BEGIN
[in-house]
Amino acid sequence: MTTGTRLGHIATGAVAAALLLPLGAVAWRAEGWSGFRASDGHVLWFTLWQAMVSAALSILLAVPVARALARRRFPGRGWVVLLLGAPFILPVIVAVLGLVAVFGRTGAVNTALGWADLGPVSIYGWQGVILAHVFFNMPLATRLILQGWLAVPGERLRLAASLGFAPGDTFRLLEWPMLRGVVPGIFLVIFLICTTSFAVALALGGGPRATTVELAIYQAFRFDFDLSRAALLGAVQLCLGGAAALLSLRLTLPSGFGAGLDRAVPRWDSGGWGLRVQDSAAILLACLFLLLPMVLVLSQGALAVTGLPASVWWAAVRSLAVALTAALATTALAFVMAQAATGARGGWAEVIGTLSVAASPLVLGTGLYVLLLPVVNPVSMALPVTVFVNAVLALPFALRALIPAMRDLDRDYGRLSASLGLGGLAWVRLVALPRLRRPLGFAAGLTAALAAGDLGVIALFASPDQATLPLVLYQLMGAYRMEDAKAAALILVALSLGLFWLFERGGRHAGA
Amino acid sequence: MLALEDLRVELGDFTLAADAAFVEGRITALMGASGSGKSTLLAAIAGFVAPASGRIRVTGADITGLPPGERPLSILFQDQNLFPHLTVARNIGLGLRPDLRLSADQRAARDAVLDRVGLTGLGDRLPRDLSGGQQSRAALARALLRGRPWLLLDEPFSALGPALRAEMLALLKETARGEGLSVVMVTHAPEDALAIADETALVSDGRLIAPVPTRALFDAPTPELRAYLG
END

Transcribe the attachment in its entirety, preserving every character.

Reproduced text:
[in-house]
Amino acid sequence: MTTGTRLGHIATGAVAAALLLPLGAVAWRAEGWSGFRASDGHVLWFTLWQAMVSAALSILLAVPVARALARRRFPGRGWVVLLLGAPFILPVIVAVLGLVAVFGRTGAVNTALGWADLGPVSIYGWQGVILAHVFFNMPLATRLILQGWLAVPGERLRLAASLGFAPGDTFRLLEWPMLRGVVPGIFLVIFLICTTSFAVALALGGGPRATTVELAIYQAFRFDFDLSRAALLGAVQLCLGGAAALLSLRLTLPSGFGAGLDRAVPRWDSGGWGLRVQDSAAILLACLFLLLPMVLVLSQGALAVTGLPASVWWAAVRSLAVALTAALATTALAFVMAQAATGARGGWAEVIGTLSVAASPLVLGTGLYVLLLPVVNPVSMALPVTVFVNAVLALPFALRALIPAMRDLDRDYGRLSASLGLGGLAWVRLVALPRLRRPLGFAAGLTAALAAGDLGVIALFASPDQATLPLVLYQLMGAYRMEDAKAAALILVALSLGLFWLFERGGRHAGA
Amino acid sequence: MLALEDLRVELGDFTLAADAAFVEGRITALMGASGSGKSTLLAAIAGFVAPASGRIRVTGADITGLPPGERPLSILFQDQNLFPHLTVARNIGLGLRPDLRLSADQRAARDAVLDRVGLTGLGDRLPRDLSGGQQSRAALARALLRGRPWLLLDEPFSALGPALRAEMLALLKETARGEGLSVVMVTHAPEDALAIADETALVSDGRLIAPVPTRALFDAPTPELRAYLG